Back on the boat we eat a delicious lunch of fried chicken with red chillies and cashew nuts followed by steamed groper with shredded ginger and soy sauce. There's something about the sea air and exercise that gives us all a healthy appetite and we ravenously tuck into the food while the boat cruises across the bay towards the Krabi shore.
The voyage is like an animated geology lesson as we pass by _islands ranging in size from mere outcrops hardly larger than a city bus to hulking great masses with sheer cliffs rising 400
metres or more straight out of the sea. All are draped in the most exuberant vegetation with even very large trees seemingly grafted onto vertical rock faces. Limestone is a comparatively soft rock and the islands are weathered and eroded into incredible shapes and colours from a combination of rain, seawater and plant action that are a perpetual delight for the eye.
We pass by gloriously empty, white crescent beaches that positively cry out to be visited and to our great delight the captain chooses a particularly beautiful one for us to camp at for the night. As the sun sets, a flock of fruit bats leave their roost in the trees behind our tents and make their way across the darkening sky on their way to raid the orchards on the mainland.
A PAIR OF SEA EAGLES BANK AND DIVE HIGH ABOVE US AS WE SET out on the kayaks the next morning. John swears us to secrecy about our destination: fiercely protective of what he describes as the "mother of all hongs", he doesn't want the more commercial operators to find out where it is and destroy its magic. It certainly looks deserted enough here, the shoreline fringed with some of the thickest mangrove forests I have ever seen. We wend our way slowly through a maze of natural canals that pierce the mangroves. Under threat from clearance for prawn farms and coastal-development projects in much of Thailand, here the mangroves seem in pristine condition.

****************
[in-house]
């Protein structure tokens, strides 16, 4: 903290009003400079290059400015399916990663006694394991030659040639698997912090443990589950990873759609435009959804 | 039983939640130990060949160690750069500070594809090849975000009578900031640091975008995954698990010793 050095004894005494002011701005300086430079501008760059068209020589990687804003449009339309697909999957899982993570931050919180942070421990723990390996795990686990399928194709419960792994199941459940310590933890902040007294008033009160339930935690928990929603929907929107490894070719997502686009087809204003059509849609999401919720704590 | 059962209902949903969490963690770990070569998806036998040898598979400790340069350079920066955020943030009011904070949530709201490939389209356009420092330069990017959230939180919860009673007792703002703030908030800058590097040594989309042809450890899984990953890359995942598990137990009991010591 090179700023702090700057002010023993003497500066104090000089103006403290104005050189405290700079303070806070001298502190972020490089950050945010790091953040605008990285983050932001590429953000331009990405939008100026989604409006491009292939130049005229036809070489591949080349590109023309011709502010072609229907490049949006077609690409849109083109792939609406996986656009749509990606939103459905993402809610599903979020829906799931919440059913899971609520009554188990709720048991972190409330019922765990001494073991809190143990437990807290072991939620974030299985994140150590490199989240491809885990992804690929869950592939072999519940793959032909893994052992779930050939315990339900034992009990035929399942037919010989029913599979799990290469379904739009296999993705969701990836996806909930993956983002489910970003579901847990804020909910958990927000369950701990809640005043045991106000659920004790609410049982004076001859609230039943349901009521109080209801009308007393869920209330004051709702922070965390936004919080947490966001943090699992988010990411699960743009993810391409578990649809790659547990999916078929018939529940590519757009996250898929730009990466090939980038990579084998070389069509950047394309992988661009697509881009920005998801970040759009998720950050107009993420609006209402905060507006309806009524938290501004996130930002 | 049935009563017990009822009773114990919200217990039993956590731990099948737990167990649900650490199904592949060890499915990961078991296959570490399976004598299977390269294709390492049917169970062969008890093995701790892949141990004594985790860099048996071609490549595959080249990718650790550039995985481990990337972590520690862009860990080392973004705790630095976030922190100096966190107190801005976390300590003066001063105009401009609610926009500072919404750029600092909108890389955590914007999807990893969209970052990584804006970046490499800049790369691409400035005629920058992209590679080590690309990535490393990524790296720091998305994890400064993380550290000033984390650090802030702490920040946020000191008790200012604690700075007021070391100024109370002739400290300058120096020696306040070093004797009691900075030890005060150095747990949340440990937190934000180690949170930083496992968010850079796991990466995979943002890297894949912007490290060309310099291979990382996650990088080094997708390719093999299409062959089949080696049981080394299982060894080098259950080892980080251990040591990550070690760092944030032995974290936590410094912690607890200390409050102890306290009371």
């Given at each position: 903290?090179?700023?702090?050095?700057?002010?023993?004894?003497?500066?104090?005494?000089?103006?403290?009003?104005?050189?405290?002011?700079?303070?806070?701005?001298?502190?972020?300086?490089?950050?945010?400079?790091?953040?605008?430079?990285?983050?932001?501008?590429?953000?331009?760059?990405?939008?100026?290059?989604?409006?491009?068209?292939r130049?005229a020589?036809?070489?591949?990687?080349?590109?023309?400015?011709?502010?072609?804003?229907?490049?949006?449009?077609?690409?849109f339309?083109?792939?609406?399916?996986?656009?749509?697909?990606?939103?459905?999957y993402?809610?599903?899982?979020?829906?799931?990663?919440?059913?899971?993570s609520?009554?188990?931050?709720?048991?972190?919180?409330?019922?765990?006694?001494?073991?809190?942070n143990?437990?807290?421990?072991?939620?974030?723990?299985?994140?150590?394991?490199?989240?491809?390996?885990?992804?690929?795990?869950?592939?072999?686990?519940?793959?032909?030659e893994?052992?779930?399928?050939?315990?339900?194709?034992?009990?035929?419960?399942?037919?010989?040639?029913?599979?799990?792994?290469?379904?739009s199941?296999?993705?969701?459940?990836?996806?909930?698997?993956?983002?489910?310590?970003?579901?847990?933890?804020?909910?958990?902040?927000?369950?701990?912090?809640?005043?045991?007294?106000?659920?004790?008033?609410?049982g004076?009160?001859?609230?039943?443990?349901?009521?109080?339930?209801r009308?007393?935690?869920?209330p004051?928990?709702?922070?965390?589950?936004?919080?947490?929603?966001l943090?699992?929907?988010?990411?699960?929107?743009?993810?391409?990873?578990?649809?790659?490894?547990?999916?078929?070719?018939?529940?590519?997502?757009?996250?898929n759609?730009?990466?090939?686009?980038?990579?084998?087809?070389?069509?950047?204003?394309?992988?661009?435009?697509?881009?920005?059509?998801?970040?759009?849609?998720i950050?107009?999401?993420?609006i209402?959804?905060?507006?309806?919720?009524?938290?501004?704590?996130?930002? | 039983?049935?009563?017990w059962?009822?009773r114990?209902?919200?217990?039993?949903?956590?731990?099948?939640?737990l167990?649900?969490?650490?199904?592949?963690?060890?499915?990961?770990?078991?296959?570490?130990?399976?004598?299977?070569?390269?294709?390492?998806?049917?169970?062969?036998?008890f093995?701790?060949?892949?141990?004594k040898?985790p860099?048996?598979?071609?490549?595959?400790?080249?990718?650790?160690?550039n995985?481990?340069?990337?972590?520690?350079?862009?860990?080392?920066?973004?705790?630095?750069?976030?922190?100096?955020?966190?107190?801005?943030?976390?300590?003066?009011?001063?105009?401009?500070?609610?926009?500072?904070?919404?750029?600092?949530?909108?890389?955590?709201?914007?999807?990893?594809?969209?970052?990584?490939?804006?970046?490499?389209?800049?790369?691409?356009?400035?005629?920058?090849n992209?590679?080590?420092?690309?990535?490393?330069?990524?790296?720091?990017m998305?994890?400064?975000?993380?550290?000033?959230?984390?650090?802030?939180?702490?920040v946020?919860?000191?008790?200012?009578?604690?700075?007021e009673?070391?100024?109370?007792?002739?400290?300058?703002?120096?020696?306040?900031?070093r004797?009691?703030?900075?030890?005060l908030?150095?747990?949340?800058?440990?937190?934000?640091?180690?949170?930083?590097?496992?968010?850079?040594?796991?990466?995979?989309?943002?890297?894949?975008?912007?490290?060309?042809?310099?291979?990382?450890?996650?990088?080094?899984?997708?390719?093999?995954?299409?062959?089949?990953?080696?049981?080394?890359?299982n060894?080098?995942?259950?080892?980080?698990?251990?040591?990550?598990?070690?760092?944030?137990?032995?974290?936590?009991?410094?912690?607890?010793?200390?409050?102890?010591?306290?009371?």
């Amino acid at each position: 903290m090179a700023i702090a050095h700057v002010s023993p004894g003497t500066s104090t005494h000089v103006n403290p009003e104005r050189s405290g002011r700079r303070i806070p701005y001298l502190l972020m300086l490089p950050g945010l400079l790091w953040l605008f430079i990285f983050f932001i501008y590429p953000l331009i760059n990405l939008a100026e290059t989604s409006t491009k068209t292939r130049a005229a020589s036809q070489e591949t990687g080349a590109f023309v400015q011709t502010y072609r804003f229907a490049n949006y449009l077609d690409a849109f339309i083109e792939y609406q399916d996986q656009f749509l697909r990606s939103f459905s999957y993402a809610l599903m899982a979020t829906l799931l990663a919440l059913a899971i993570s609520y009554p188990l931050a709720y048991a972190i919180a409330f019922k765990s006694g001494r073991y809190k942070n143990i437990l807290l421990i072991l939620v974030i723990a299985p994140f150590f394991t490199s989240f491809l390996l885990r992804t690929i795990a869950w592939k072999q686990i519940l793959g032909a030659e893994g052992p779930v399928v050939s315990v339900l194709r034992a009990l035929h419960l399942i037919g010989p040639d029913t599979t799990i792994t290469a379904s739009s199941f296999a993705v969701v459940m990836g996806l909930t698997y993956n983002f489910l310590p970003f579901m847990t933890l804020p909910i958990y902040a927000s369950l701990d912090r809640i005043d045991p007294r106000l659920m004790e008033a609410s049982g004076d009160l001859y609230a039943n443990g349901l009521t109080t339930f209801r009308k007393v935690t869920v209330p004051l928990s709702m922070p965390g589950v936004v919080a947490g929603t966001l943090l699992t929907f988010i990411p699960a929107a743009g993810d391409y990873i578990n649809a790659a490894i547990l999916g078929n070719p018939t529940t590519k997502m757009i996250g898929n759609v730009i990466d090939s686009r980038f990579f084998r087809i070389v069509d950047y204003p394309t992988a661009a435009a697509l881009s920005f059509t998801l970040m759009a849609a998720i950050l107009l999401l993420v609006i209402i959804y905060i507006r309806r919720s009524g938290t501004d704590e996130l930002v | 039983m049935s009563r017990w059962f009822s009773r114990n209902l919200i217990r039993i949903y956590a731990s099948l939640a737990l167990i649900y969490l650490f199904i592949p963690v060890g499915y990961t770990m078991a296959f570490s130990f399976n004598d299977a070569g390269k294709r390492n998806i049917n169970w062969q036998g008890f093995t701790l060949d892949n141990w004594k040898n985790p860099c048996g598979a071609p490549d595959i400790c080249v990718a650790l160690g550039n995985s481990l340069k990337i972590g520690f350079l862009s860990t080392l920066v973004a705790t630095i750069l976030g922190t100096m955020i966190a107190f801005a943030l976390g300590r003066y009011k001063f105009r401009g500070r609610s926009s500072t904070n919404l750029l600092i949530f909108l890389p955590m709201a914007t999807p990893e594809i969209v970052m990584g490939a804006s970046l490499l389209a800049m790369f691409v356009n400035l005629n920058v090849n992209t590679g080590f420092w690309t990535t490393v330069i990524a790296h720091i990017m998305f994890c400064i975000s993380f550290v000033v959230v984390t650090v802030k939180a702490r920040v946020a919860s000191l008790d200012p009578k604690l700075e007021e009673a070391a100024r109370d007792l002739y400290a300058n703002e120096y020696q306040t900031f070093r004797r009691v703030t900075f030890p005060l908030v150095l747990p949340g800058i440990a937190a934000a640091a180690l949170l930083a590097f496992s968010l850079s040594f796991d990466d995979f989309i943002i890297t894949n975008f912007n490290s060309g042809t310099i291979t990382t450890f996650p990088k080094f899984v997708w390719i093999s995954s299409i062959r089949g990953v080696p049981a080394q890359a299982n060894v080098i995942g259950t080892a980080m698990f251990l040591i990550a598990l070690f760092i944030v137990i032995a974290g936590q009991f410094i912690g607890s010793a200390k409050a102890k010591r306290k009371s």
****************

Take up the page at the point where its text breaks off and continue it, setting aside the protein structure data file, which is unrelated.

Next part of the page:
Long maligned as lifeless swamps, mangroves are actuallycomplex ecosystems that play a crucial role maintaining a healthy
coastal and marine environment. Hugely important as nurseries for sea fish as well as crabs and prawns, their dense vegetation also provides a rich habitat for birds, reptiles and mammals like otter, monkey, wild pig and a variety of bats.